So look up your basic stats, because the percentage likelihood only applies to the probability of a particular event, not ten independent events, each of which has its own distinct and independent probability distribution.  So the question is what is the probability that the ALJ was correct for each of his independent decisions on each of Apple’s ten patent claims. 

And talk to your lawyer parent about the basics of the law, where each claim or defense is independently decided on its own merits, unless a claim is somehow related to other claims or a defense is somehow related to other defenses.  Hell, you can even plead inconsistent claims and inconsistent defenses and can prevail on all claims and all defenses that the evidence proves.

Nemo

Dear Amergin:  There is no such thing as a patent troll, because patents are property rights that can lawfully be asserted by any party lawfully holding those rights.  The term patent troll is simply polemics used by those who disagree with the either the patent being asserted or the party asserting it or who disagrees with the very idea of patents in general. 

However, even by the commonly accepted definition of patent troll, Apple would not be a patent troll, because it practices its own patents.

Bosco (Brad Hutchings)

daemon: What Nemo is really trying to say is that if the Commission uses a fair coin to decide infringement on each of the ten patents, there is slightly less than a 0.1% chance they will agree with each of the decisions of the ALJ. Apparently, some lawyer mistakenly received a copy of Feller from Amazon and decided to apply it to legal analysis.

We can apply this analysis further… Let’s just consider the 8 cases in which the ALJ did not rule in favor of Apple. If the Commnission uses a fair coin to decide infringement on each of those eight poatents, there is a slightly less than 0.4% chance that they will agree with each of the eight decisions against Apple by the ALJ. If for whatever reason they actually do agree with all eight of those, then we’re out of the realm of probability theory and into the realm of Black Swans. Nassim Taleb would suggest that in such a case, we ought to question whether the coin was indeed fair. (EDIT: sorry, I lied, that was Fooled by Randomness) You know, perhaps the ALJ’s reasoning in those eight, which include multitouch stuff, was acceptable to the whole commission.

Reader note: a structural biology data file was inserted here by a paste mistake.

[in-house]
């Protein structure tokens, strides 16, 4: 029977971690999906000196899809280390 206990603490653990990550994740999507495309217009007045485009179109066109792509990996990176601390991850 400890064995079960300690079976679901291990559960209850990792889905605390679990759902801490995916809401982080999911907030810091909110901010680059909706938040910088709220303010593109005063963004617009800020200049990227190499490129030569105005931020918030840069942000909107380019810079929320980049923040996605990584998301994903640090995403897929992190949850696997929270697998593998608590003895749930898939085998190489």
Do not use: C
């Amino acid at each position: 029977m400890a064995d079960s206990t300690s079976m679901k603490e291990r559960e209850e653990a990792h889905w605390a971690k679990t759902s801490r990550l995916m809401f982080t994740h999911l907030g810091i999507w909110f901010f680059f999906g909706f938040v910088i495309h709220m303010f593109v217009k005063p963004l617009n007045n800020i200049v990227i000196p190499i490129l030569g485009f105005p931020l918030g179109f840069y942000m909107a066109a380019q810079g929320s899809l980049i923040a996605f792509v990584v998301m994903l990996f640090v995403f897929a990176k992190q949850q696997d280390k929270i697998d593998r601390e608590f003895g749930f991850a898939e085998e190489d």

I look forward to Nemo explaining how there are no losers if the NFL doesn’t play any games this year. Ponder that. It makes more sense that you might imagine at first.

Nemo

Bosco:  Let us begin with this:  I am haven’t given you, Bosco, any authority to speak for me or be my attorney, so whatever you say in your posts, you don’t speak for me and, thus, have no authority to explain or clarify my comments.